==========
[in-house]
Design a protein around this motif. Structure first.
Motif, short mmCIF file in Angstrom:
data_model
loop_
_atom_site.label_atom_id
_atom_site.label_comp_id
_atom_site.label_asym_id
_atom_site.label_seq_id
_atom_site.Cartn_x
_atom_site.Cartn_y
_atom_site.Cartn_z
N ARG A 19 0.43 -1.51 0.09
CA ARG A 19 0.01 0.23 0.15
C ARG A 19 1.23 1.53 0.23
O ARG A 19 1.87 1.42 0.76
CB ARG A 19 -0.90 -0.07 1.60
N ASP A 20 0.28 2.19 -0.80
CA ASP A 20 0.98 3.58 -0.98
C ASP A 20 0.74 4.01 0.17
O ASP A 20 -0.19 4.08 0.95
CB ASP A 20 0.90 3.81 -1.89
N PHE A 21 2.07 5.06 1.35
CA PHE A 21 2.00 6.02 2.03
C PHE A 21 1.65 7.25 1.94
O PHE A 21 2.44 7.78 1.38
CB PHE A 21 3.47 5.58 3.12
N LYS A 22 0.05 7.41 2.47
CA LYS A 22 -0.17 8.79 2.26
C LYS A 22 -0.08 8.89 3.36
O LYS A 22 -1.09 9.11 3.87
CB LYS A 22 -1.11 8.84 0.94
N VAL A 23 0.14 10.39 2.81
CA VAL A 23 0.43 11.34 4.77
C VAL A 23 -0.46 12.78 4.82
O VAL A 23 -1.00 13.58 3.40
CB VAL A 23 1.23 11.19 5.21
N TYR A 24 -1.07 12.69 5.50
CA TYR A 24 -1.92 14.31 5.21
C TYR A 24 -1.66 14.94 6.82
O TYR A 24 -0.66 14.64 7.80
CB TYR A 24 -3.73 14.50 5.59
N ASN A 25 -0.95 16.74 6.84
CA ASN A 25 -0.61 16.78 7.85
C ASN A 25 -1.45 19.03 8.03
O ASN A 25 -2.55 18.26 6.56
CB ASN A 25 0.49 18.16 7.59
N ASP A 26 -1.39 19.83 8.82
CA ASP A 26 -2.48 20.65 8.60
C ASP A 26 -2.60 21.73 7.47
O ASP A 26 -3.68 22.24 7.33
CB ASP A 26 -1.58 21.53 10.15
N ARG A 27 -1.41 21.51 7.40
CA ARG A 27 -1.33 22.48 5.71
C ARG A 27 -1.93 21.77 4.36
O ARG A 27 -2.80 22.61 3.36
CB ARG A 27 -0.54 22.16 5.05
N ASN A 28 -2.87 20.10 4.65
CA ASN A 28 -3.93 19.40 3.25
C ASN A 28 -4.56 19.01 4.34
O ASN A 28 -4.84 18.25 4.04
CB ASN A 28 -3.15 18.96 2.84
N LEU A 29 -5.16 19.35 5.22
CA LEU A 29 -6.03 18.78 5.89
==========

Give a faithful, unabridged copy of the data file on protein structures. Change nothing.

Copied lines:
[in-house]
Design a protein around this motif. Structure first.
Motif, short mmCIF file in Angstrom:
data_model
loop_
_atom_site.label_atom_id
_atom_site.label_comp_id
_atom_site.label_asym_id
_atom_site.label_seq_id
_atom_site.Cartn_x
_atom_site.Cartn_y
_atom_site.Cartn_z
N ARG A 19 0.43 -1.51 0.09
CA ARG A 19 0.01 0.23 0.15
C ARG A 19 1.23 1.53 0.23
O ARG A 19 1.87 1.42 0.76
CB ARG A 19 -0.90 -0.07 1.60
N ASP A 20 0.28 2.19 -0.80
CA ASP A 20 0.98 3.58 -0.98
C ASP A 20 0.74 4.01 0.17
O ASP A 20 -0.19 4.08 0.95
CB ASP A 20 0.90 3.81 -1.89
N PHE A 21 2.07 5.06 1.35
CA PHE A 21 2.00 6.02 2.03
C PHE A 21 1.65 7.25 1.94
O PHE A 21 2.44 7.78 1.38
CB PHE A 21 3.47 5.58 3.12
N LYS A 22 0.05 7.41 2.47
CA LYS A 22 -0.17 8.79 2.26
C LYS A 22 -0.08 8.89 3.36
O LYS A 22 -1.09 9.11 3.87
CB LYS A 22 -1.11 8.84 0.94
N VAL A 23 0.14 10.39 2.81
CA VAL A 23 0.43 11.34 4.77
C VAL A 23 -0.46 12.78 4.82
O VAL A 23 -1.00 13.58 3.40
CB VAL A 23 1.23 11.19 5.21
N TYR A 24 -1.07 12.69 5.50
CA TYR A 24 -1.92 14.31 5.21
C TYR A 24 -1.66 14.94 6.82
O TYR A 24 -0.66 14.64 7.80
CB TYR A 24 -3.73 14.50 5.59
N ASN A 25 -0.95 16.74 6.84
CA ASN A 25 -0.61 16.78 7.85
C ASN A 25 -1.45 19.03 8.03
O ASN A 25 -2.55 18.26 6.56
CB ASN A 25 0.49 18.16 7.59
N ASP A 26 -1.39 19.83 8.82
CA ASP A 26 -2.48 20.65 8.60
C ASP A 26 -2.60 21.73 7.47
O ASP A 26 -3.68 22.24 7.33
CB ASP A 26 -1.58 21.53 10.15
N ARG A 27 -1.41 21.51 7.40
CA ARG A 27 -1.33 22.48 5.71
C ARG A 27 -1.93 21.77 4.36
O ARG A 27 -2.80 22.61 3.36
CB ARG A 27 -0.54 22.16 5.05
N ASN A 28 -2.87 20.10 4.65
CA ASN A 28 -3.93 19.40 3.25
C ASN A 28 -4.56 19.01 4.34
O ASN A 28 -4.84 18.25 4.04
CB ASN A 28 -3.15 18.96 2.84
N LEU A 29 -5.16 19.35 5.22
CA LEU A 29 -6.03 18.78 5.89